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Greysheet: PRICING OF LOWER-VALUED NON-CERTIFIED COINS PRESENTS UNIQUE CHALLENGES
Published on February 15, 2017
In the wide spectrum encompassing the pricing of United States rare coins, we find the most challenging task is pricing mid-to low-grade circulated coins. We recognize
In the wide spectrum encompassing the pricing of United States rare coins, we find the most challenging task is pricing mid-to low-grade circulated coins. We recognize that the average coin shop owner spends much more time evaluating, buying, and selling relatively cheap circulated coins rather than gem mint state type, so we are very concerned with accuracy of these values. Unfortunately, pricing data is more difficult to acquire because most of the items are not valuable enough to sell at auction where public records can be accessed. While many of the dealers of certified coins valued at $500 and up share a general ambivalence about the value of inexpensive, lower grade coins, there is an entire cadre of dealers who primarily buy and sell these, often in large quantities. Bids and buys for cheaper coins are often posted via message traffic on the online trading networks, but the numbers are fairly static, with demand ebbing and flowing, so we rely heavily on feedback from established traders in this field to help us keep values current and accurate.
OUR GOAL AT CDN IS TO BEST REPRESENT THE WHOLESALE VALUE OF COINS SO OUR READERS HAVE THE CONFIDENCE TO BUY AND SELL BASED ON OUR NUMBERS.
Over the past 18 months we have heard from dealers that they sell certain issues at significantly lower levels than what was published. When we hear this we are very troubled and do out best to make corrections.
In the most recent Monthly Supplement, we made a large amount of price changes in multiple series in the lower circulated grades and, as expected, we received a fair amount of feedback from some pretty important dealers. This feedback is important to us because it helps us identify areas that may have been overlooked and/or prices which have been adjusted incorrectly. No one in the market is helped when a coin is priced at a number that it virtually never transacts at. We are appreciative of those dealers who communicate with us on a regular basis and inform us of what levels less expensive coins are actually trading at. It also raises the question as to what defines a market maker in this business. By our definition, a market maker is a dealer who has the highest bids for a particular market segment and makes his/her bids available to the numismatic dealer community. Often it is well known who the market maker is in a particular series. On the other hand, if a dealer-even a very large one-only supplies their bid levels to a particular group of people and transacts only with this little “club,” we are concerned that our readers won’t have access to sell their coins based on these levels. We do our best to weigh these concerns when pricing coins, but our message to our readers is that we want all of you (as dealers) to be able to sell your coins based on the prices we’ve indicated. Hopefully this will prompt further discussion, and likely a longer article in a future Monthly Supplement.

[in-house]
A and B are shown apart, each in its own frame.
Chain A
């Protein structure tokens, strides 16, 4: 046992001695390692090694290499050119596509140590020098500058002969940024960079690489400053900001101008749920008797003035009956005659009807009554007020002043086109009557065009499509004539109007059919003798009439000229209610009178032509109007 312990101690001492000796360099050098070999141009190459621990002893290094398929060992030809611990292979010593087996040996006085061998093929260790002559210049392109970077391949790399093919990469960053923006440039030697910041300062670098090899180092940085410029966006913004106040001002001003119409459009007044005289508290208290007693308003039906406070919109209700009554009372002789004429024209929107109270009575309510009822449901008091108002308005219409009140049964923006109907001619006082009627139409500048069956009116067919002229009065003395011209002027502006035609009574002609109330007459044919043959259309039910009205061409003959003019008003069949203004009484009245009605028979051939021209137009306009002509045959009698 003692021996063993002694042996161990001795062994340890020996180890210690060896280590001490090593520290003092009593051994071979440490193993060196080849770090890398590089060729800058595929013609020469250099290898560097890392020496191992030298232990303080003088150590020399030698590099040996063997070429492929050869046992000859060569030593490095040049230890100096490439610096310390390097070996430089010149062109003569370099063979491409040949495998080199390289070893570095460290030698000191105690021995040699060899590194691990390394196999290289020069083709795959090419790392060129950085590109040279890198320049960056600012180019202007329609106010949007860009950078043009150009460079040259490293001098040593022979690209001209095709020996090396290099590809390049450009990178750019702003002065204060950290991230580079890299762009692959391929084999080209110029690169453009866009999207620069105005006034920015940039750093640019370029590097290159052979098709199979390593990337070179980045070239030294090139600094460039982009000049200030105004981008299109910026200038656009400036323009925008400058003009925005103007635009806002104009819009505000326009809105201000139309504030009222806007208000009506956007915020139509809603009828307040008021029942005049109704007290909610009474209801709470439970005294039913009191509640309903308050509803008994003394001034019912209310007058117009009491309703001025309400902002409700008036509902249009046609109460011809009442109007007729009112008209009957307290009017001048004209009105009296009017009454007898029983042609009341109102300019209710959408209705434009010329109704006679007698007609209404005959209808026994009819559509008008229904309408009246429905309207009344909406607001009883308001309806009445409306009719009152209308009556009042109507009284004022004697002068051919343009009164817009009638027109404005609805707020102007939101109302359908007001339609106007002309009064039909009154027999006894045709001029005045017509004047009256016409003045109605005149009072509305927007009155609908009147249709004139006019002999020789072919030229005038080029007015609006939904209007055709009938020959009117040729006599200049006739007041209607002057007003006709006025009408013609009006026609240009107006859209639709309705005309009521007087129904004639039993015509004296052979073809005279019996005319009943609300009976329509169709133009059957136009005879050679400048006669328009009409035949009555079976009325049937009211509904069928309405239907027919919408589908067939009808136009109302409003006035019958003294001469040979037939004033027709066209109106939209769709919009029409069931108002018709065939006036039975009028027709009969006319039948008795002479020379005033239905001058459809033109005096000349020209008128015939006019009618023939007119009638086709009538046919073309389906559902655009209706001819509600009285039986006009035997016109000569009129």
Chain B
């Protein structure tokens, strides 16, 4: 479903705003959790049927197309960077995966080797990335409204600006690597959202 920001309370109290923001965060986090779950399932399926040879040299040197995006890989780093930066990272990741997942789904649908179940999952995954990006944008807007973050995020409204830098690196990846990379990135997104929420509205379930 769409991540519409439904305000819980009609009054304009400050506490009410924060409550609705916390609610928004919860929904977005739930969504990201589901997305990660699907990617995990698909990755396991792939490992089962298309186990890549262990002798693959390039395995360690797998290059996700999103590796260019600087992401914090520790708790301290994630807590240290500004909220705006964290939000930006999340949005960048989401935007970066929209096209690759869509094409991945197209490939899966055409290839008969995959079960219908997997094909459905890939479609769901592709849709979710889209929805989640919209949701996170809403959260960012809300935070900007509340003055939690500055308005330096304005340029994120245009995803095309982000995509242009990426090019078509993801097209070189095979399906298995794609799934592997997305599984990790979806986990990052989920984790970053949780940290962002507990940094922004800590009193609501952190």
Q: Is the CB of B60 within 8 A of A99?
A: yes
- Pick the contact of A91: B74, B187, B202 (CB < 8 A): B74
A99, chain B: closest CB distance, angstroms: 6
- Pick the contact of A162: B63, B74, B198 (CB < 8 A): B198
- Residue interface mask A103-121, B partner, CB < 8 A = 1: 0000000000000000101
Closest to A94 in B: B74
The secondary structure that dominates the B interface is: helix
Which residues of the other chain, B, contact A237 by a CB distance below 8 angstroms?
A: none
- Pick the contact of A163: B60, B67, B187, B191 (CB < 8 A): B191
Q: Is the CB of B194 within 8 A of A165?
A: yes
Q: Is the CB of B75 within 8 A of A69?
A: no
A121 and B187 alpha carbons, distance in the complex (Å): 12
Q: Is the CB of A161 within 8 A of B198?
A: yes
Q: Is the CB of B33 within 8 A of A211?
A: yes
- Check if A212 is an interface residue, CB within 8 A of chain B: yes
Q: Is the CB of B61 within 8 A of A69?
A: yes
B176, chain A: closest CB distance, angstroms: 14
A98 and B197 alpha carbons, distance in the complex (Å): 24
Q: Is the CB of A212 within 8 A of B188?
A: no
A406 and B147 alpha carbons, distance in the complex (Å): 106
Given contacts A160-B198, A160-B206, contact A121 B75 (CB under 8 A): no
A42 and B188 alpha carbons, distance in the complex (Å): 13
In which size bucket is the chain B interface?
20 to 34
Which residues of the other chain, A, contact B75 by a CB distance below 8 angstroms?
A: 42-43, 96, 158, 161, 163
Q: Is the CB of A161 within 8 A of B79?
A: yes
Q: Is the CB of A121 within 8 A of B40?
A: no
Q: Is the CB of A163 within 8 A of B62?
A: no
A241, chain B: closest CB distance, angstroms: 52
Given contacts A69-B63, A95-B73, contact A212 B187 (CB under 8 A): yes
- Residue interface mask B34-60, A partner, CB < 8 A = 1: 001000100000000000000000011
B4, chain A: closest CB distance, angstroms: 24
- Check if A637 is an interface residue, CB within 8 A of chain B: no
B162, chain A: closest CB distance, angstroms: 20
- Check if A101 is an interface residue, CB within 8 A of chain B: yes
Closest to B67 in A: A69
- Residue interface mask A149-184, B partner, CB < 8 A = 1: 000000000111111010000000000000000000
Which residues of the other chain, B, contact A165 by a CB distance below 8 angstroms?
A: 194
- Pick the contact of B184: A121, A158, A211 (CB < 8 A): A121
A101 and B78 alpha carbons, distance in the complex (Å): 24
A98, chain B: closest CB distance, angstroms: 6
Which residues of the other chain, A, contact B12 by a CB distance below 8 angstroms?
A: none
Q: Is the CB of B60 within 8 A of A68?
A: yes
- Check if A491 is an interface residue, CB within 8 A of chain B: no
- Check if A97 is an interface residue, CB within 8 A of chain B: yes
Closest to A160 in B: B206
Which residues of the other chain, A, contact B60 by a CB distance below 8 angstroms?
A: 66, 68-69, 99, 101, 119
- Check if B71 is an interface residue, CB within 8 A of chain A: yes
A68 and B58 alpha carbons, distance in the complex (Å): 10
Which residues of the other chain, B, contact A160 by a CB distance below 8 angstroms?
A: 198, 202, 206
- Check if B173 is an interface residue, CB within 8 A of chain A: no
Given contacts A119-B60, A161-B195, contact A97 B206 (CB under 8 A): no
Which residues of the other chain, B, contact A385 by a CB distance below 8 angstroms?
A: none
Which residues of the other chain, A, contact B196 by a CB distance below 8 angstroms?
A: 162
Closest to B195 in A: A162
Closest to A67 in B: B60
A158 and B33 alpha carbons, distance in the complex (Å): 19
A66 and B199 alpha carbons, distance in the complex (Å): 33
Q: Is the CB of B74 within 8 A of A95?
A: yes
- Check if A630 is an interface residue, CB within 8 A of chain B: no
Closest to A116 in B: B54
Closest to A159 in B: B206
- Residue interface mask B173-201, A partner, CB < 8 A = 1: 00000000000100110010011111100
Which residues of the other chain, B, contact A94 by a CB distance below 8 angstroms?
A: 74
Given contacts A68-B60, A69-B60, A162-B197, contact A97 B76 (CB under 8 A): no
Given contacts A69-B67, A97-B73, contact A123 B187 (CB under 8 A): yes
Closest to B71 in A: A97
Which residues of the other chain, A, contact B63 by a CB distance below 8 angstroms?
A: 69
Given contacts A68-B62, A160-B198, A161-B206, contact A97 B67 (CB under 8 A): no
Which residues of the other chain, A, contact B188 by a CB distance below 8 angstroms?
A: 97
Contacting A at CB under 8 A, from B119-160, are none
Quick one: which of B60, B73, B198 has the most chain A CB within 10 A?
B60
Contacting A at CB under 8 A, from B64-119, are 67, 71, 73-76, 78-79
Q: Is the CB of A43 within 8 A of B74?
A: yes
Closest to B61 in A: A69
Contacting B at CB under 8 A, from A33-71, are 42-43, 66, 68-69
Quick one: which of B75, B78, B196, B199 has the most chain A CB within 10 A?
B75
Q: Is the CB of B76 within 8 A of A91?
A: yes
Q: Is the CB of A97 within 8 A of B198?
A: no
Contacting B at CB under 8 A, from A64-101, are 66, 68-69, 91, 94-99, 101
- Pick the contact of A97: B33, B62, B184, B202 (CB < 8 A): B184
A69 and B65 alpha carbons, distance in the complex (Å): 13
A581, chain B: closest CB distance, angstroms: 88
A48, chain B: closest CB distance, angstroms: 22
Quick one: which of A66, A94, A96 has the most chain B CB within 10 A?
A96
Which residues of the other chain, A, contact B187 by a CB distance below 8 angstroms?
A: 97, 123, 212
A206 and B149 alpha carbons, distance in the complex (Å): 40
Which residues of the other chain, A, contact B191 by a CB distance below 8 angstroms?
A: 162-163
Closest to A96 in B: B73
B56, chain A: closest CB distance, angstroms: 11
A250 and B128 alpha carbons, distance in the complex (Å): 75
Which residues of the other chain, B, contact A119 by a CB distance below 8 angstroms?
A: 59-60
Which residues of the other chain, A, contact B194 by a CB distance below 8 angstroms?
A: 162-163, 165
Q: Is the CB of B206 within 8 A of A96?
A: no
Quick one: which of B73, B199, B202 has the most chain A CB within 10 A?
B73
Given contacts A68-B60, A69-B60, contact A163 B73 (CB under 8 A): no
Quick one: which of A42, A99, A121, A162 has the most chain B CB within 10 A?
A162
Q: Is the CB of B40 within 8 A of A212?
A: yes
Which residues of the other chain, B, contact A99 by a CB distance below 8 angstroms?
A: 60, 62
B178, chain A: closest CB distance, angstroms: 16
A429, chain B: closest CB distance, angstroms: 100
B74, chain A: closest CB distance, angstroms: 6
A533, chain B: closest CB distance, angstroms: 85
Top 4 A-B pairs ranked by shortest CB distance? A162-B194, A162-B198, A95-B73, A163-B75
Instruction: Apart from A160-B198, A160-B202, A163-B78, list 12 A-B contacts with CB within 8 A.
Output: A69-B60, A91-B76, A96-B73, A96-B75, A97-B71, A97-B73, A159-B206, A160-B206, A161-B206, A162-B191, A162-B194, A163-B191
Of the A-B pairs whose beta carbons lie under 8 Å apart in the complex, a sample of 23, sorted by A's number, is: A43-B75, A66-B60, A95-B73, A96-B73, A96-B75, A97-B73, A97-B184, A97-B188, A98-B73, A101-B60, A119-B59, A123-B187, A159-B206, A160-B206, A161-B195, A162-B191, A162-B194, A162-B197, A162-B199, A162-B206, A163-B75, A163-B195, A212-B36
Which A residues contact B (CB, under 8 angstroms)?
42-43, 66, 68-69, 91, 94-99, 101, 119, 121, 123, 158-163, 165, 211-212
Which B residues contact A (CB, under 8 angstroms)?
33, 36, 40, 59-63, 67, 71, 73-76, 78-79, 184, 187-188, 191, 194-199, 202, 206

THIS WEEK’S MARKET
Spot gold has been choppy lately, but the trend has been upward and there is certainly more activity in the segment than there was one month ago.
We have added pricing for 2015 issues to this chart, and will add 2016 issues in the near future.
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